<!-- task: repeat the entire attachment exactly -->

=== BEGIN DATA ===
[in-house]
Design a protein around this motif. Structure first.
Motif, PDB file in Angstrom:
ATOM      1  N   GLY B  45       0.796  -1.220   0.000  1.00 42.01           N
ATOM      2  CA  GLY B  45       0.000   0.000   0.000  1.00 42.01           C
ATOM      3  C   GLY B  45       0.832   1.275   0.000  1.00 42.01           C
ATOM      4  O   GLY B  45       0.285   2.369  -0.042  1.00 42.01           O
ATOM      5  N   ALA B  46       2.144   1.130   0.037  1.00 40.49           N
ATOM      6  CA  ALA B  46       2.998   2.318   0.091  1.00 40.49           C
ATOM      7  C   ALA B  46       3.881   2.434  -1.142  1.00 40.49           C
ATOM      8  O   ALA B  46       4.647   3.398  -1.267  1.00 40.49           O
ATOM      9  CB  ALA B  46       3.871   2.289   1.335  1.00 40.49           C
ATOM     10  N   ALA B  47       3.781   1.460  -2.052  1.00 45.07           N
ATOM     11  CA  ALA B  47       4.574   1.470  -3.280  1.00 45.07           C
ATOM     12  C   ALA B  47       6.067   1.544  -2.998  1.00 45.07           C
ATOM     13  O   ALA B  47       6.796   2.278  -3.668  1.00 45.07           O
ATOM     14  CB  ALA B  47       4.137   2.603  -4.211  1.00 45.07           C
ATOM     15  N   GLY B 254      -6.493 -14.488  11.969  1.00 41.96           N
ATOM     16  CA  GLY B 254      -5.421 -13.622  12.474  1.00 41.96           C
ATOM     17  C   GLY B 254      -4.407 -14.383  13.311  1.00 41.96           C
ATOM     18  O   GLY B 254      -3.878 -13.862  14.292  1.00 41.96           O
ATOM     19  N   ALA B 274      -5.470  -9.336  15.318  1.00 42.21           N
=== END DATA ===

[in-house]
Design a protein around this motif. Structure first.
Motif, PDB file in Angstrom:
ATOM      1  N   GLY B  45       0.796  -1.220   0.000  1.00 42.01           N
ATOM      2  CA  GLY B  45       0.000   0.000   0.000  1.00 42.01           C
ATOM      3  C   GLY B  45       0.832   1.275   0.000  1.00 42.01           C
ATOM      4  O   GLY B  45       0.285   2.369  -0.042  1.00 42.01           O
ATOM      5  N   ALA B  46       2.144   1.130   0.037  1.00 40.49           N
ATOM      6  CA  ALA B  46       2.998   2.318   0.091  1.00 40.49           C
ATOM      7  C   ALA B  46       3.881   2.434  -1.142  1.00 40.49           C
ATOM      8  O   ALA B  46       4.647   3.398  -1.267  1.00 40.49           O
ATOM      9  CB  ALA B  46       3.871   2.289   1.335  1.00 40.49           C
ATOM     10  N   ALA B  47       3.781   1.460  -2.052  1.00 45.07           N
ATOM     11  CA  ALA B  47       4.574   1.470  -3.280  1.00 45.07           C
ATOM     12  C   ALA B  47       6.067   1.544  -2.998  1.00 45.07           C
ATOM     13  O   ALA B  47       6.796   2.278  -3.668  1.00 45.07           O
ATOM     14  CB  ALA B  47       4.137   2.603  -4.211  1.00 45.07           C
ATOM     15  N   GLY B 254      -6.493 -14.488  11.969  1.00 41.96           N
ATOM     16  CA  GLY B 254      -5.421 -13.622  12.474  1.00 41.96           C
ATOM     17  C   GLY B 254      -4.407 -14.383  13.311  1.00 41.96           C
ATOM     18  O   GLY B 254      -3.878 -13.862  14.292  1.00 41.96           O
ATOM     19  N   ALA B 274      -5.470  -9.336  15.318  1.00 42.21           N